Monday, December 25, 2017

John Malveaux: The New Yorker: Zanaida Robles conducts at Midnight Mission on Skid Row in Los Angeles

Zanaida Robles, conducting at the Midnight Mission. She welcomes friendly interruptions from the audience.
Photograph by David Black for The New Yorker

John Malveaux of 

Zanaida Robles conducts at Midnight Mission 

The New Yorker

Handel’s “Messiah,” on Skid Row

A visionary Los Angeles violinist makes music with the homeless.

By Alex Ross

Three years ago, Brian Palmer, a forty-three-year-old native of Beaumont, California, was a homeless man struggling to overcome heroin addiction. All he owned was a bag containing some clothes, a blanket, and a pillow. He sought assistance at a recovery center at the heart of Skid Row, the dismayingly large tent city in downtown Los Angeles. One activity that helped him through the skittish early period of sobriety was singing. As a kid, he dreamed of becoming a professional singer; he was a member of the church choir and appeared in musicals at school. In 2015, he encountered the Urban Voices Project, a choir made up of Skid Row residents and allies. This led him to Street Symphony, a group of professional musicians, mostly from the Los Angeles Philharmonic and the L.A. Master Chorale, which works with homeless, mentally ill, and incarcerated populations. In February, Palmer began taking voice lessons from Scott Graff, a member of the Master Chorale and of the Street Symphony Chamber Singers. Graff told me, “I gave Brian some tips on vocal technique, and he taught me life lessons. I got the better end of the deal.”

A few days after Thanksgiving, Palmer sang in a musical workshop at the Midnight Mission, a charitable institution on Skid Row. He had been studying “The People That Walked in Darkness,” a bass aria from Handel’s “Messiah.” In ten days’ time, he would sing it with Street Symphony, which presents an abridged “Messiah” at Midnight each year. At the workshop, five string players accompanied him; a few dozen members of the Skid Row community were in attendance. Before performing, Palmer shared with the audience some thoughts about the music. A tall man with shaggy hair and a drawling voice, he was dressed in jeans and a “Rule Your Own Destiny” T-shirt. He told his story with the practiced directness of someone who has attended many twelve-step meetings. “When I came here, three years ago, I didn’t know where my life was going to take me,” he said. “I just knew that I needed to change, and that I needed help. When I was walking through my life in addiction, and the darkness and the hell I had created for myself, it was like the phoenix coming out of the darkness and seeing the light.”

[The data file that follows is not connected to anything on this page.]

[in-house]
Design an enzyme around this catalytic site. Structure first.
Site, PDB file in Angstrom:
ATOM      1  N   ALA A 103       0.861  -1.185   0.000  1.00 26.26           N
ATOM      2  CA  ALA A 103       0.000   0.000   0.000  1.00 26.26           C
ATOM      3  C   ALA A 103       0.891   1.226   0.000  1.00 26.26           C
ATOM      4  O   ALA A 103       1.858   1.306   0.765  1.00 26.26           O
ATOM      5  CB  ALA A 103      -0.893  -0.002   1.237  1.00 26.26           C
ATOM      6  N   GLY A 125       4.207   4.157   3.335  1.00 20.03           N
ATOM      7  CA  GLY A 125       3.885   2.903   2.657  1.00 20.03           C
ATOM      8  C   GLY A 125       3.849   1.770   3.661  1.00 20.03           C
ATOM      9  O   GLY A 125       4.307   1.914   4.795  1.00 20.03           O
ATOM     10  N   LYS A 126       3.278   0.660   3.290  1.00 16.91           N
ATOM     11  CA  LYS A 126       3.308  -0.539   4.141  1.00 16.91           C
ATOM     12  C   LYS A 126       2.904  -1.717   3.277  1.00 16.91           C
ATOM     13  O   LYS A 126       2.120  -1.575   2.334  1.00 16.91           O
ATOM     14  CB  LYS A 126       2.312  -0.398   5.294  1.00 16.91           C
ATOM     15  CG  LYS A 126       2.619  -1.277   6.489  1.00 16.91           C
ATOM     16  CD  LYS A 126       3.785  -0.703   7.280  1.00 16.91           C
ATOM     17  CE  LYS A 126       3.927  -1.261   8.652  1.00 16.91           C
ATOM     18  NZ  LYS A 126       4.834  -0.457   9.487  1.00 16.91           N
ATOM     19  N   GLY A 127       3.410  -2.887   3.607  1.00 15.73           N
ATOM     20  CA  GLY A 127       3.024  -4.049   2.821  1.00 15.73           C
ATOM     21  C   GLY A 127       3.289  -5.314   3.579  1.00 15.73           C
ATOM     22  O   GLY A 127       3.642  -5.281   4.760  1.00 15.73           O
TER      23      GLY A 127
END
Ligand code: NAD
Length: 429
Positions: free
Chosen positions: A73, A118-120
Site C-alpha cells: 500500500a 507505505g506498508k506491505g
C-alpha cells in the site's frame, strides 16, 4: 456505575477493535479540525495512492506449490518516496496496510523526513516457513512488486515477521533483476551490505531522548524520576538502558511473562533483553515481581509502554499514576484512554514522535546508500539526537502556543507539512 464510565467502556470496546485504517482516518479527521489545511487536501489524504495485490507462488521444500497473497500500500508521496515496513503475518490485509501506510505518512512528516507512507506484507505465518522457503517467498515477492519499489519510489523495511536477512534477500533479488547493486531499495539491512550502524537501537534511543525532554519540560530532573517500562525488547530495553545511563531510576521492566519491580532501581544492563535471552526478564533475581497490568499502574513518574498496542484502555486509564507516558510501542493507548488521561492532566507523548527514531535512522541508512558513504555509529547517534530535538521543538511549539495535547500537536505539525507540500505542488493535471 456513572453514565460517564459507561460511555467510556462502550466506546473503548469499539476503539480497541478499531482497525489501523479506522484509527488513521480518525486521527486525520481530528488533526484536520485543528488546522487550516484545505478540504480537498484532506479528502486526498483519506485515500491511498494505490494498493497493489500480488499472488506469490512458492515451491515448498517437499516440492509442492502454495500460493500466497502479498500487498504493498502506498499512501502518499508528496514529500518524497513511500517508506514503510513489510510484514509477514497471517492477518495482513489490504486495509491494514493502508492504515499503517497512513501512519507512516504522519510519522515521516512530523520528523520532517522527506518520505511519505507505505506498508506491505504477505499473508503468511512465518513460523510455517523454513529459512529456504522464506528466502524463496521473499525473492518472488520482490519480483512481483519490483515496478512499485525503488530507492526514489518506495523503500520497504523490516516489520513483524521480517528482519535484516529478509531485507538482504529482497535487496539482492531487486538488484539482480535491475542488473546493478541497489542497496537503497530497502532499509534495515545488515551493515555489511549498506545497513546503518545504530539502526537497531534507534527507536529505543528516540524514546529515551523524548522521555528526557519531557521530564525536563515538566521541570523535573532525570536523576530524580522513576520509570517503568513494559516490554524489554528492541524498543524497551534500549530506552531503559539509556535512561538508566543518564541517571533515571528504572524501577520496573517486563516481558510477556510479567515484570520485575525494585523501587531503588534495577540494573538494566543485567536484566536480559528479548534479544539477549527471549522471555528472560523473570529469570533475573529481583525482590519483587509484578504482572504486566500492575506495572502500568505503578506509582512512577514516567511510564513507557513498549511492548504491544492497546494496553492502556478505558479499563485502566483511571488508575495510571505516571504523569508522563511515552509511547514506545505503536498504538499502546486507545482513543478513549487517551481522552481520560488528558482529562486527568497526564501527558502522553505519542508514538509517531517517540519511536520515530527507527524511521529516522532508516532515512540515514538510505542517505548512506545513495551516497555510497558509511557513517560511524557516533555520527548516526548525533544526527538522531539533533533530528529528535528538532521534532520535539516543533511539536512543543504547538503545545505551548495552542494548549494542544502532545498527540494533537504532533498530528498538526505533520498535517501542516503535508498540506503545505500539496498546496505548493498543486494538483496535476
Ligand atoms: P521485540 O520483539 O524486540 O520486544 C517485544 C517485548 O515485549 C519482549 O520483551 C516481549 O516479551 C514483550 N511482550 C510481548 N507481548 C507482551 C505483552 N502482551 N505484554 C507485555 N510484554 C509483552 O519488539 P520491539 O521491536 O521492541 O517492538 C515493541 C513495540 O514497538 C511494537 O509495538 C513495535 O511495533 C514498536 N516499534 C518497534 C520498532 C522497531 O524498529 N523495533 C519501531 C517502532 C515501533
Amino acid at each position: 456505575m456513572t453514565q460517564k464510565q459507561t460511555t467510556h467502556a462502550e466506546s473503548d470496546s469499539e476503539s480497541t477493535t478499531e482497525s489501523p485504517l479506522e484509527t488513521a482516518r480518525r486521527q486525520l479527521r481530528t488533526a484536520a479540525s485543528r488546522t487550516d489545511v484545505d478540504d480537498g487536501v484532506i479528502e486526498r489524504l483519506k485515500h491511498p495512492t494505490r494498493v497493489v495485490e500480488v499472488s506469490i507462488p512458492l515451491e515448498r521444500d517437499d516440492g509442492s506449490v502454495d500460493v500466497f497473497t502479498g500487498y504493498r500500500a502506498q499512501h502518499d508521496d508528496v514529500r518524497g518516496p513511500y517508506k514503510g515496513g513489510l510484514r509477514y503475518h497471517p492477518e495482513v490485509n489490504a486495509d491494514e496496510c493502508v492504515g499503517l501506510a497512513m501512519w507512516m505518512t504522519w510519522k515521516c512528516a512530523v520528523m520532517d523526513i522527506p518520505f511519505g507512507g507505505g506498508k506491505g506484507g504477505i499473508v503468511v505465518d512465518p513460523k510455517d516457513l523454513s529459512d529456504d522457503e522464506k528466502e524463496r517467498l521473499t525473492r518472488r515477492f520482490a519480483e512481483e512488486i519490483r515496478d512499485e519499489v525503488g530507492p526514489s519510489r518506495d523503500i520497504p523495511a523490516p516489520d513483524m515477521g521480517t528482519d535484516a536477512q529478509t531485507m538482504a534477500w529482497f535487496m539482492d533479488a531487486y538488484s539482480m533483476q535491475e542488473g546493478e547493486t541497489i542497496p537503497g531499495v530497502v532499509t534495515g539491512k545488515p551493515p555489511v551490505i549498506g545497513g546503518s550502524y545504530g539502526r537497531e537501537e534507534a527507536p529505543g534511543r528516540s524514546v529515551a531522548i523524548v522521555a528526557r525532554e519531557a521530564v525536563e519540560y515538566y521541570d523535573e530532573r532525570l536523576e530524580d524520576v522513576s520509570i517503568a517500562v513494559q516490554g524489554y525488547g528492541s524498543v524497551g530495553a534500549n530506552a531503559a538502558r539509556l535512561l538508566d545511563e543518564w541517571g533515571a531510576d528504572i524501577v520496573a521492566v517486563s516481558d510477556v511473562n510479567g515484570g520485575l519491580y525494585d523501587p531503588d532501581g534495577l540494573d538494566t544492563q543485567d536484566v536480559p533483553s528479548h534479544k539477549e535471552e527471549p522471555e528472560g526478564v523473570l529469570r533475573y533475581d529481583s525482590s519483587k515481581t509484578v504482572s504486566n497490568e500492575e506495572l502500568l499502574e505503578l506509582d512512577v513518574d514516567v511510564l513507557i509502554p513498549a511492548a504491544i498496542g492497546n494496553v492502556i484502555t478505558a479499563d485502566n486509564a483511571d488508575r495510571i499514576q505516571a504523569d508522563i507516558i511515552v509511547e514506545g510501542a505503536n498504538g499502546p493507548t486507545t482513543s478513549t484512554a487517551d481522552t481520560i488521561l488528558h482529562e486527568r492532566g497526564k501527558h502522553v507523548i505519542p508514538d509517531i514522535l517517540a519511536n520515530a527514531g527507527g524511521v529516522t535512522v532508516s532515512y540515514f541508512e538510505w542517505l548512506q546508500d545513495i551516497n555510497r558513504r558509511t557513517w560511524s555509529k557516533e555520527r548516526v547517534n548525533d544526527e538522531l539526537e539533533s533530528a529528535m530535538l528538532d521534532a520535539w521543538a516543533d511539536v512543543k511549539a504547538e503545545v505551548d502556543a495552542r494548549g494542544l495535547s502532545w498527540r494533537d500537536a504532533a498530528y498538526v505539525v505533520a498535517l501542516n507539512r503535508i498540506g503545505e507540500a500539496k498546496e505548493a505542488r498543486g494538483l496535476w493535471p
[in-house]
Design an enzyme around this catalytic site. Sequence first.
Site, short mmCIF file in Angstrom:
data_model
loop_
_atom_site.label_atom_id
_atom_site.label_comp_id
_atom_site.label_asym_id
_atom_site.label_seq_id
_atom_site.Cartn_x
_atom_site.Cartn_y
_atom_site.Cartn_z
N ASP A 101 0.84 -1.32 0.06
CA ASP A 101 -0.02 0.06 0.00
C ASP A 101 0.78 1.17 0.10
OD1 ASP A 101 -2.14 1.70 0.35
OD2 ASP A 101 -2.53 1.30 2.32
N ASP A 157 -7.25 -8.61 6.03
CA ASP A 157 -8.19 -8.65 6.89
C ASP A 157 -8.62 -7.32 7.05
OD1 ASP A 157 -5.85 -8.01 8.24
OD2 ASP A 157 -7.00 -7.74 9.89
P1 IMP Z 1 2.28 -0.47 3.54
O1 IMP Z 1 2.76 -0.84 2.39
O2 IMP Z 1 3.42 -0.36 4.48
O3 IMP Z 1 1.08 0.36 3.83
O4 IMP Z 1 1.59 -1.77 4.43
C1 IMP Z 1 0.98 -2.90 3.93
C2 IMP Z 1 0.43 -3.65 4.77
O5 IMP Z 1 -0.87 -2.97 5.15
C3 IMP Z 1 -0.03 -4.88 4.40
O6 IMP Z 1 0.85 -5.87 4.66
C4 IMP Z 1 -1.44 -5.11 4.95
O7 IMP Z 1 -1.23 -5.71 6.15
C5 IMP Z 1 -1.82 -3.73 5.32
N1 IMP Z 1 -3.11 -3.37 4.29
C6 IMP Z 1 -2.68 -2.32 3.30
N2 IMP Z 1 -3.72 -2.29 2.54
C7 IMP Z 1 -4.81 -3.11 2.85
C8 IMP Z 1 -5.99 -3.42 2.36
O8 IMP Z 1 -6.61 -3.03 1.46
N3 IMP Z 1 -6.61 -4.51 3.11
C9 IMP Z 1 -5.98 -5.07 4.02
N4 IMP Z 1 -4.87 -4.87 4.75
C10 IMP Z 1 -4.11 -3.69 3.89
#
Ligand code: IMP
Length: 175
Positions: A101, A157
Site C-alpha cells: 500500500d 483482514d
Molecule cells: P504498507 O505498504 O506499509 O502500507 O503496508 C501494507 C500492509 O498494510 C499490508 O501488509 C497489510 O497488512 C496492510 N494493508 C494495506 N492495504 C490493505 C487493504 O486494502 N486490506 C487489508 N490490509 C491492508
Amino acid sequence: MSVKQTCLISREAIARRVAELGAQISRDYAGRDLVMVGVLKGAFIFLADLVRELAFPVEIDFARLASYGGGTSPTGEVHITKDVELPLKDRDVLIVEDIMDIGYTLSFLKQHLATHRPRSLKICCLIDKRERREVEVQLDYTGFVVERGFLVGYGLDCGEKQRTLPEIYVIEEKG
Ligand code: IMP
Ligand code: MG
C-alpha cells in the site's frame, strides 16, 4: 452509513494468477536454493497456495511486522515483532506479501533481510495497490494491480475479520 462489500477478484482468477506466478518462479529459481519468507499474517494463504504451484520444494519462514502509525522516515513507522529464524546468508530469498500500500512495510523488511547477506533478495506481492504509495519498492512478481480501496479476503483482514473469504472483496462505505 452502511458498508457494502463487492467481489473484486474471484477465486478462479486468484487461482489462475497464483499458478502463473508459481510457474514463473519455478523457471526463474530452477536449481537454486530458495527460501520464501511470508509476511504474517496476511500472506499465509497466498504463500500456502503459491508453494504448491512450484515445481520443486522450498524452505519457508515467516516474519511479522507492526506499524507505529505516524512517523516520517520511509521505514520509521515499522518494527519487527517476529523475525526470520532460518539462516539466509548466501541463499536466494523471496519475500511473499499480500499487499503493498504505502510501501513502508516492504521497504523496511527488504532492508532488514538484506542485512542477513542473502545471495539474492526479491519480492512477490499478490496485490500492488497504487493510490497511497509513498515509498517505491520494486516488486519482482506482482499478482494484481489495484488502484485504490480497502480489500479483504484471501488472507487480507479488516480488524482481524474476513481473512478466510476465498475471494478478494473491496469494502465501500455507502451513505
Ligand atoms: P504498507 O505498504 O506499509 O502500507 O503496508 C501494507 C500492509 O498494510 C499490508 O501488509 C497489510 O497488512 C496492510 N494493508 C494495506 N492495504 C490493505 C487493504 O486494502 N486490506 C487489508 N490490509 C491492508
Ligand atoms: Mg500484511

Palmer then sang the aria. The text, from the book of Isaiah, is as follows: “The people that walked in darkness have seen a great light: they that dwell in the land of the shadow of death, upon them hath the light shined.” Handel’s “Messiah” is such a fixture of the repertory that it takes some effort to focus on the words and register what they mean. In that respect, Palmer surpassed any singer I have heard. He performed well for one who has been studying vocal technique for less than a year, and in the lower end of his range he had a round, full tone that can’t be taught. More important, he made the text sound as though it had been taken from his own life.

The first performance of “Messiah,” in Dublin, in 1742, was, according to a contemporary announcement, presented “for the Relief of the Prisoners in the several Gaols.” Proceeds from the première helped the Charitable Musical Society to free a hundred and forty-two people from debtors’ prison. Street Symphony’s “Messiah” therefore comes closer to the original spirit of the piece than most modern versions do. The first “Messiah” attracted a “most Grand, Polite and crowded Audience”; the performances at the Midnight Mission draw Skid Row residents, charitable workers, benefactors, and musicians’ friends. People may start dancing during the “Hallelujah” Chorus or shouting out encouragement during the arias. Zanaida Robles, who has been conducting the Street Symphony “Messiah” since 2015, welcomes such friendly interruptions, often turning around to acknowledge them.

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